Services of the Republic (NYSE: RSG) shows that a big operator in the garbage industry doesn’t have to be an investment in garbage. Over time, Republic Services has grown into a huge national, integrated provider of such environmental services. services, delivering great value to investors along the way.
While investors have had a great run and there are still plenty of opportunities for consolidation going forward, I’m afraid the risk-reward ratio at these valuations just isn’t compelling enough for me here.
Republic Services provides essential environmental services in what is a huge and growing services industry worth over $90 billion according to the company itself. This huge market opportunity and fragmented operations provide the company with continued opportunities to consolidate and grow further.
The predictability of the business is impressive, driven by a stable revenue base with 80% of the business being an annuity business. The company itself is also extremely diverse. Small containers account for nearly a third of sales, residential and transfer & landfill each account for 20% of sales, while environmental solutions, recycling and large temporary and recurring containers make up the rest of the business.
The company holds leading positions in the markets in which it operates, is highly vertically integrated, as strong operating processes result in exceptional service and efficiency, despite the size of the business. Apart from the garbage business, the company plays a huge role in sustainability efforts, as the company operates many recycling services and is involved in major renewable energy projects.
Thoughts on evaluation
Being able to buy a reliable and predictable operator doesn’t come cheap. The company generated $11.3 billion in revenue in 2021, up 11% from the prior year. The company is incredibly profitable as it posted an operating profit of nearly $2.1 billion out of which a net profit of $1.3 billion was reported. Those earnings equal $4.05 per share based on a stock count of 318 million shares, with adjusted earnings close to the same number at $4.17 per share.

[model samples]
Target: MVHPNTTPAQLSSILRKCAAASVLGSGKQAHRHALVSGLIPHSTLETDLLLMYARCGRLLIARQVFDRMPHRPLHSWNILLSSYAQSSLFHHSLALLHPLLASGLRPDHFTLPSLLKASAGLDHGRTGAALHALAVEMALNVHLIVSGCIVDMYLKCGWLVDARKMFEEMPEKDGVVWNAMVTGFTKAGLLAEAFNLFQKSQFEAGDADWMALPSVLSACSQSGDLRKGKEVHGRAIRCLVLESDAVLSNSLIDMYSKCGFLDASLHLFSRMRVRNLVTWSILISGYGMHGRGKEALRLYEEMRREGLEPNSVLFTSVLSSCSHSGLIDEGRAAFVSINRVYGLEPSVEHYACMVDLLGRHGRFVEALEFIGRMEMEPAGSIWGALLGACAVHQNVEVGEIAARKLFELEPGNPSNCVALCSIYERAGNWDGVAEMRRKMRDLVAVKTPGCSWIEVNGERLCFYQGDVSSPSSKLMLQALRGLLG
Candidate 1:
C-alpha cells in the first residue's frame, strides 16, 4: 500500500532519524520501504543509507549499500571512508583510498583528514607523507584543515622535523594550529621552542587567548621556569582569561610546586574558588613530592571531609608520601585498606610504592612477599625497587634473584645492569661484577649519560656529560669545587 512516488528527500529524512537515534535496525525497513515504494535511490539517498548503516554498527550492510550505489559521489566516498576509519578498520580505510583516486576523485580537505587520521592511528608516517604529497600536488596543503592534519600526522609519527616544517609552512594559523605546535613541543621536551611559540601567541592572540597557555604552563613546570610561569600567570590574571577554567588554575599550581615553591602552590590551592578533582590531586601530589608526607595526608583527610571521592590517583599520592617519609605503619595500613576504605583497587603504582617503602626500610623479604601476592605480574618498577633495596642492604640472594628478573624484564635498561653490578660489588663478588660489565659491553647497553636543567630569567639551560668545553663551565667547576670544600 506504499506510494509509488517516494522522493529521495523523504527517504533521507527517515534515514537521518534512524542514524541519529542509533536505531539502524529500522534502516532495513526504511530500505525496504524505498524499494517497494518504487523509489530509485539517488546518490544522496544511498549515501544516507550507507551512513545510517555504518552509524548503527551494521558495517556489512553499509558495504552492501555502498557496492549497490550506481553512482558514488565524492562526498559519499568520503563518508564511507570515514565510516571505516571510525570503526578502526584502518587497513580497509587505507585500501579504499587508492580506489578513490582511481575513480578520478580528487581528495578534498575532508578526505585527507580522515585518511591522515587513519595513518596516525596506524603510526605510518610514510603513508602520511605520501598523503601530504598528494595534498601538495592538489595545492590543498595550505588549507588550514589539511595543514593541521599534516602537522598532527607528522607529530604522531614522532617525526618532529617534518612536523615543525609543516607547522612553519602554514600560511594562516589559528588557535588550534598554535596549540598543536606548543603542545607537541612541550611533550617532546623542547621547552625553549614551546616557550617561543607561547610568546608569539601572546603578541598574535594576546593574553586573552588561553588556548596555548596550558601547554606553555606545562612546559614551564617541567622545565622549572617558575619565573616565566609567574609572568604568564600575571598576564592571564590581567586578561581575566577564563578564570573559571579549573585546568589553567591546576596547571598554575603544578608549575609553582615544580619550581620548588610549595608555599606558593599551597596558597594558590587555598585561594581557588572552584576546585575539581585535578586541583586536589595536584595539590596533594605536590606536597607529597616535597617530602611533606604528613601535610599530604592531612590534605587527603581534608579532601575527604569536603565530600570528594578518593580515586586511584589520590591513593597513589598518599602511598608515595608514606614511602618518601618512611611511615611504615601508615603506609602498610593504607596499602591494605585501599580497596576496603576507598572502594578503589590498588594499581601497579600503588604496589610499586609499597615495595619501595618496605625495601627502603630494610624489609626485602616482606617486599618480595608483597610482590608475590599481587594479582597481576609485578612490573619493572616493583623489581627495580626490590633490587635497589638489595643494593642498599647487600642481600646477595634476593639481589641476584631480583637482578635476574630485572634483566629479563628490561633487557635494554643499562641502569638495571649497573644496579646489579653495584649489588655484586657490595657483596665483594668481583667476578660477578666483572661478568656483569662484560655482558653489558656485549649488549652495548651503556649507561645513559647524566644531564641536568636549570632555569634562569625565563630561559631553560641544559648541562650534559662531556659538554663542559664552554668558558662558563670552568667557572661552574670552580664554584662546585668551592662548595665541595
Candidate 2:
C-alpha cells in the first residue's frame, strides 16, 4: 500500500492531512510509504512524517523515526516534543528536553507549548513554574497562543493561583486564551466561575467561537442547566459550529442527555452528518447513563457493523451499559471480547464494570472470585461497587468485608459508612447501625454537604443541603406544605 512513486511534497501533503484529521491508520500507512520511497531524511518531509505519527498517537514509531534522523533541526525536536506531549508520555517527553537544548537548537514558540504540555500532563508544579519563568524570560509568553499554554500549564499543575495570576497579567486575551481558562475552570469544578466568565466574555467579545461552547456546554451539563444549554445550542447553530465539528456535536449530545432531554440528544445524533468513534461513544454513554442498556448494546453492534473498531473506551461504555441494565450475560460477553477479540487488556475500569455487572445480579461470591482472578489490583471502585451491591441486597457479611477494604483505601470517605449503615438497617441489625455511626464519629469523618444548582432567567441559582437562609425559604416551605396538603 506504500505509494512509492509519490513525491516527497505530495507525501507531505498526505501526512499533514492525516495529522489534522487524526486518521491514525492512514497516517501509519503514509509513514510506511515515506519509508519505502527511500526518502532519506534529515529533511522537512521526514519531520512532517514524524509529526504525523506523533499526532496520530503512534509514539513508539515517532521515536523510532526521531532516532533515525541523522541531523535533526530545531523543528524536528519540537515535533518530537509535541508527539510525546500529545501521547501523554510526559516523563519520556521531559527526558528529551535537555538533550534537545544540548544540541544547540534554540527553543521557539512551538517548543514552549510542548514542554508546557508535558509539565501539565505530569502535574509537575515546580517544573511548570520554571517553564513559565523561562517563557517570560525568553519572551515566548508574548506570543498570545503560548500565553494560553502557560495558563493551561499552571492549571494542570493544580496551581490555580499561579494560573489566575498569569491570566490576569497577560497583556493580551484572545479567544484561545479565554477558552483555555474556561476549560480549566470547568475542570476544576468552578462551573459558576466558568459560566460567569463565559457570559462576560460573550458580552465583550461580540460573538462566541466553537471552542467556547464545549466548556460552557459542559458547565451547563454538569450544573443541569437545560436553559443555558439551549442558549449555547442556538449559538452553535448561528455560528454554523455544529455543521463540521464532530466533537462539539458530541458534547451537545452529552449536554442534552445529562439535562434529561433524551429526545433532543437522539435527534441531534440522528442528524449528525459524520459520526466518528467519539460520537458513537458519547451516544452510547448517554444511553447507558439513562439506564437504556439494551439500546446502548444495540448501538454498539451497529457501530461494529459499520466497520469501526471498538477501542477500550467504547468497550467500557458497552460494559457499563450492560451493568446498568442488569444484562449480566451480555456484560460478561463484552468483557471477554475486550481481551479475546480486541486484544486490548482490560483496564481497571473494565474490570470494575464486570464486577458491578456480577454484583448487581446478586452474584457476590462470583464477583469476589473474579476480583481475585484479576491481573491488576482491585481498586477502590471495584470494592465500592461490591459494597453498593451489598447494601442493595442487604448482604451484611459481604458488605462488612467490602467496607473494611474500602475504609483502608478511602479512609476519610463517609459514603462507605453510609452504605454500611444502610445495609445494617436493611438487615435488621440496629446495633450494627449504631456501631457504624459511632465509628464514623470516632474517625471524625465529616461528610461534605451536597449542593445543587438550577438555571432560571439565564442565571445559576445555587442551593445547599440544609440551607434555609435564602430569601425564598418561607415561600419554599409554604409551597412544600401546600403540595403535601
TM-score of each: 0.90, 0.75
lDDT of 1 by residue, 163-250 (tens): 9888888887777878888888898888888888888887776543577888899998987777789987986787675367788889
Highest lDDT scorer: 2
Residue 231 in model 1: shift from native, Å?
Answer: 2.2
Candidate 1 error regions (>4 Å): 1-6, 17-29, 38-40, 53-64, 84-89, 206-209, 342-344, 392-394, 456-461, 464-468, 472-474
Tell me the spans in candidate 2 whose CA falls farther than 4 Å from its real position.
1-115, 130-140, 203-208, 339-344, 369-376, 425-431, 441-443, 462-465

With shares trading at $135 at the end of 2021, the company has achieved an equity valuation of $43 billion, a figure that rises to almost $53 billion when taking into account the net debt of $9.5 billion (because that even excludes some environmental costs). Net debt expense (based on net financial debt) was approximately 3 times EBITDA of $3.2 billion. Needless to say, valuations were high at 32 times adjusted 2021 reported earnings. Based on 2022 earnings guidance of $4.58 to $4.65 per share, multiples fell to around 31 times earnings .
Needless to say, these are high valuations. Based on the business valuation, the company was valued at 4.7x sales, over 16x EBITDA, 32x earnings and a slightly lower forward earnings multiple. A dividend of nearly $2 per share offers a modest dividend yield because Republic is not about dividends, but rather about the continued consolidation of this fragmented market.
A big deal
Like the rest of the market, shares fell to $115 in February amid worries about the economy and inflation, but stocks have now rallied and are trading near their highs again at $135 per share.
Indeed, it was the day before the publication of the 2021 results that the company announced its intention to acquire American Ecology (ECOL) in a deal valued at an enterprise valuation of $2.2 billion. The deal is relatively small as the purchase price equates to 4% of Republic Services’ enterprise value, as the deal gives the company greater exposure to waste treatment, recycling and disposal. dangerous and non-dangerous goods.
The deal is expected to add $968 million in revenue, revealing only a multiple of 2.3 times sales has been paid. On the other hand, the company is much less profitable with an EBITDA of $156 million reduced to a multiple of 14, as this comes after Republic paid a large premium for US Ecology.
Based on those multiples, the deal seems fair, because that’s before factoring in $40 million in synergies that are easily worth half a billion in value, if they are to be realized. Still, the overall deal is relatively weak for the Republic, so no major backlash is seen in response to the deal of course. Pro forma net debt will increase to $11.7 billion as leverage ratios increase to 3.4x based on pro forma combination EBITDA figures.
Amidst all these moving parts, I can’t help but feel the need to be cautious, despite the long-term track record and future growth opportunities. Republic trades at 29 times forward earnings, is a stable growth play, and has some leverage, but that’s outweighed by the fact that it’s a predictable company with stable cash flow.
Nevertheless, in this rapidly rising interest rate environment, I am very cautious about paying multiples with a handful of high twenty. Therefore, I think I still view Republic as a great long-term value-creating play, but the valuation multiples here leave me with no compelling risk-reward to initiate a position at this time.